Word spread like wildfire around the Sepang paddock: Michelin is willing to return to F1 - under certain conditions, thereby potentially rescuing F1 from its imminent tyre crisis.
We should be grateful it's even prepared to contemplate such a move given the disgraceful way it was hounded out of the category a few years ago. But it would come back only under very specific conditions. Not only would it wish to demonstrate the energy efficiency of its tyres, but for reasons of cost and road car relevance it would have to be with a tyre for 18-inch rims, as already produced for Le Mans. The costly moulds already exist for these.
This would mean a much lower profile tyre more in keeping with performance road car products. It would also have significant repercussions on the design of next year's cars. The teams are unhappy with this and have issued a counter-proposal, but the feeling is the 18-inch idea will be accepted by the FIA, with Bernie Ecclestone's encouragement.
Although Michelin would be prepared to take over the current role of Bridgestone as a supplier to the whole field, this would not be a regulatory single tyre formula - ie other companies could come in to compete if they wished. Should this not happen, then Michelin would supply a single dry compound to be used at every track.
The intriguing prospect is that of Bridgestone. It has been a brilliant ally of F1, trouncing Goodyear then playing its part in some thrilling head-to-head contests, overcoming technical difficulties as it fought Michelin, afterwards providing the field with quality control tyres, tweaking them according to the whims of the sport's management and generally conducting itself with real class.
But at the end of last year it announced it would be pulling out at the end of 2010. The suspicion was it had simply decided there was no point spending money when there was no one to beat. But actually that wasn't the reason. It was the green marketing push the company was embarking upon. F1 was and is perceived to be exactly the opposite image to that required.
Bridgestone's F1 budget - around £70 million per season - represents a fraction of the company's profit, equivalent to a one yen to the pound swing in the exchange rate (at the time of writing £1 = ¥144); inconsequential in the overall scheme of things for what's been a massive marketing success. F1 has transformed Bridgestone's image. But the men at the top decided it's no longer the image required.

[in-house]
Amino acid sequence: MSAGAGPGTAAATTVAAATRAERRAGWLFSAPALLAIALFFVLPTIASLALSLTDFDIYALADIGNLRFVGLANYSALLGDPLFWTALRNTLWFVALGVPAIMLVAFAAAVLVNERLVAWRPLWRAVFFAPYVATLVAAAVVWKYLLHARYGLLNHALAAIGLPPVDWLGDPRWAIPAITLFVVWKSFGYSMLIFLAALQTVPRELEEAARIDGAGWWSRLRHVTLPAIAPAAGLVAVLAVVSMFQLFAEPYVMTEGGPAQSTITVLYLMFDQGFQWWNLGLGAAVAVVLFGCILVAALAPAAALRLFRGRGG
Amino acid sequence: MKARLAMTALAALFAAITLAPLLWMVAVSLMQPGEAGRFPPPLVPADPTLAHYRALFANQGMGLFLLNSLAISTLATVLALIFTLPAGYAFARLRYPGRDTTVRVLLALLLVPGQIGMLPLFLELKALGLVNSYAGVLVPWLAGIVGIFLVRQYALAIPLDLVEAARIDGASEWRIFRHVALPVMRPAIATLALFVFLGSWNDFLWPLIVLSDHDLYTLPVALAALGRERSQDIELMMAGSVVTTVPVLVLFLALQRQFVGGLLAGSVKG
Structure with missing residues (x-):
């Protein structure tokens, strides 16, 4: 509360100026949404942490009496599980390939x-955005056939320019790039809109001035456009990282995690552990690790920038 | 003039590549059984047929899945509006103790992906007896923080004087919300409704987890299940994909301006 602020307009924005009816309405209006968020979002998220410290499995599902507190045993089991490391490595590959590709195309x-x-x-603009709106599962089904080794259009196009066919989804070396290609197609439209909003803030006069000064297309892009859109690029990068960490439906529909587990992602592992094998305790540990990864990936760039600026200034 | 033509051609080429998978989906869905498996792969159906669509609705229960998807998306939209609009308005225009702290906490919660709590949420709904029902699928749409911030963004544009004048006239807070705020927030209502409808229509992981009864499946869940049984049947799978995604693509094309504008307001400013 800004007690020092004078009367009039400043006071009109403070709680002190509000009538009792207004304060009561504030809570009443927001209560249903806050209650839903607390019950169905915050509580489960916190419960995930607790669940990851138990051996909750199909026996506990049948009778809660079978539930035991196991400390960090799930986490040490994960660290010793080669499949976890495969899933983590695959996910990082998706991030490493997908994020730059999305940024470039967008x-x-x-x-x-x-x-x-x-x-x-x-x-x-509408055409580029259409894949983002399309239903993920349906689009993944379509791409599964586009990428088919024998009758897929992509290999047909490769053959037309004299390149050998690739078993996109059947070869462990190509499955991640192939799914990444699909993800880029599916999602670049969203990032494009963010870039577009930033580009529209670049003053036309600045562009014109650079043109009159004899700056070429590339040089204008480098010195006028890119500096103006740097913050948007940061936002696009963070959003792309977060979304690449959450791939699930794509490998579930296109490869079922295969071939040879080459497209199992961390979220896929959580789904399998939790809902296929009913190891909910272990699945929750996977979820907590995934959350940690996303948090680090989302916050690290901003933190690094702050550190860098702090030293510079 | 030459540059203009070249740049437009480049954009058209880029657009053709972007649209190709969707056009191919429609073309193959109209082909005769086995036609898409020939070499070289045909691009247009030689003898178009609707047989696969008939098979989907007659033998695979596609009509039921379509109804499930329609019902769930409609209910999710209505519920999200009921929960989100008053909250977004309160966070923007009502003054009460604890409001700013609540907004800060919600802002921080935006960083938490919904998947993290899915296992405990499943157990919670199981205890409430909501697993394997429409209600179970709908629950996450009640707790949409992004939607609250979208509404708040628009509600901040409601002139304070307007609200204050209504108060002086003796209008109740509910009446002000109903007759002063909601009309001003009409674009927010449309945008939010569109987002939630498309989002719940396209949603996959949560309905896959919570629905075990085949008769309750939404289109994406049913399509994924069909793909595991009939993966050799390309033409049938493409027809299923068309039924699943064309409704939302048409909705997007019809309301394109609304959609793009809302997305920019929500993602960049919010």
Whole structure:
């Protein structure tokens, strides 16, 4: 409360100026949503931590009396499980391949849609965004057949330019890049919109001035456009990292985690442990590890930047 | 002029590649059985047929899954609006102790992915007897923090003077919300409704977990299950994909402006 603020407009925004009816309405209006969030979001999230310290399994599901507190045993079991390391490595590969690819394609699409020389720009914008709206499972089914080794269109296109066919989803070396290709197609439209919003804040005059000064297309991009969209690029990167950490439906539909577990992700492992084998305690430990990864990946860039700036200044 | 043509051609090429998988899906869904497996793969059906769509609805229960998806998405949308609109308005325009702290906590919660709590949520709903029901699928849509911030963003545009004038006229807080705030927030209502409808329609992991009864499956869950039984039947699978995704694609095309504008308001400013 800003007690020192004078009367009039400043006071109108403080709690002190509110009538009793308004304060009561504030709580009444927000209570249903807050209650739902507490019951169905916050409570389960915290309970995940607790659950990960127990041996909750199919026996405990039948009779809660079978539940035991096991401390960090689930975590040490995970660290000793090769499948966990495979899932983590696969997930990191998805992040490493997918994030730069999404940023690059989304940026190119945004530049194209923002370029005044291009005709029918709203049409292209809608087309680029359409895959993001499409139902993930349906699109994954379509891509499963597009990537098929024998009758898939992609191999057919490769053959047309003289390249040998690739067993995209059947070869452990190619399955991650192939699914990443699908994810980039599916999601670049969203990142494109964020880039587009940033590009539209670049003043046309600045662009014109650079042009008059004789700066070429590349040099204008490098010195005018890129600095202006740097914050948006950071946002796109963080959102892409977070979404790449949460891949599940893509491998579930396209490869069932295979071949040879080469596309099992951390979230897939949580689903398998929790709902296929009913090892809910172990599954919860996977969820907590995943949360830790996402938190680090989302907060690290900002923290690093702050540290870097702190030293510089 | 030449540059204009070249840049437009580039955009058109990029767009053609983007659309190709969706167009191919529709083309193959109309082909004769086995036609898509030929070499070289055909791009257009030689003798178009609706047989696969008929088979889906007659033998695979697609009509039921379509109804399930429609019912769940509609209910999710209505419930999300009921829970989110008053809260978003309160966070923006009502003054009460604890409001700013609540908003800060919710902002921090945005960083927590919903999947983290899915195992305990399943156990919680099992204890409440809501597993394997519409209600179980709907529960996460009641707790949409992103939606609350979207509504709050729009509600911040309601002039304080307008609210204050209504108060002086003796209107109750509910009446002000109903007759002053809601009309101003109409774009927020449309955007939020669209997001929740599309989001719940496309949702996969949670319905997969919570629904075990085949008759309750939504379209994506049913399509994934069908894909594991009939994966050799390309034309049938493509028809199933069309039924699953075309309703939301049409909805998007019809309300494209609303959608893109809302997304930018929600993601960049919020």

However, the news that Michelin may be about to return has caused a stir within Bridgestone. The main board is still committed to its 'green' marketing campaign but the motorsport department, not to mention regional marketing offices in countries with grands prix, are very excited about the prospect of returning to F1 competition with Michelin. They even have a similar 18" tyre to Michelin's in their Supra GT programme. So now one part of the company is itching to get back to competing against the only other tyre company in the world with a similar technical capability and the other part - the one in charge - is bound by its green campaign.
So how to come up with a way of making a green case for tyre development? It's a question which links in with Michelin's original wish of being able to demonstrate the fuel efficiency gains to be made from its tyres. What about linking a tyre's rolling resistance with permitted fuel density? The lower the rolling resistance, the denser your fuel is allowed to be. Therefore you can carry more fuel energy for less weight, and you'll go faster.
It gets the tyre companies and the fuel companies working together against the other tyre company and fuel companies. Publicise the results at each race. Bridgestone rolling resistance = x. Therefore Ferrari fuel density allowed to = y. Therefore Ferrari starts 8kg lighter than McLaren, meaning Michelin and Mobil have to get to work. That way everybody's happy.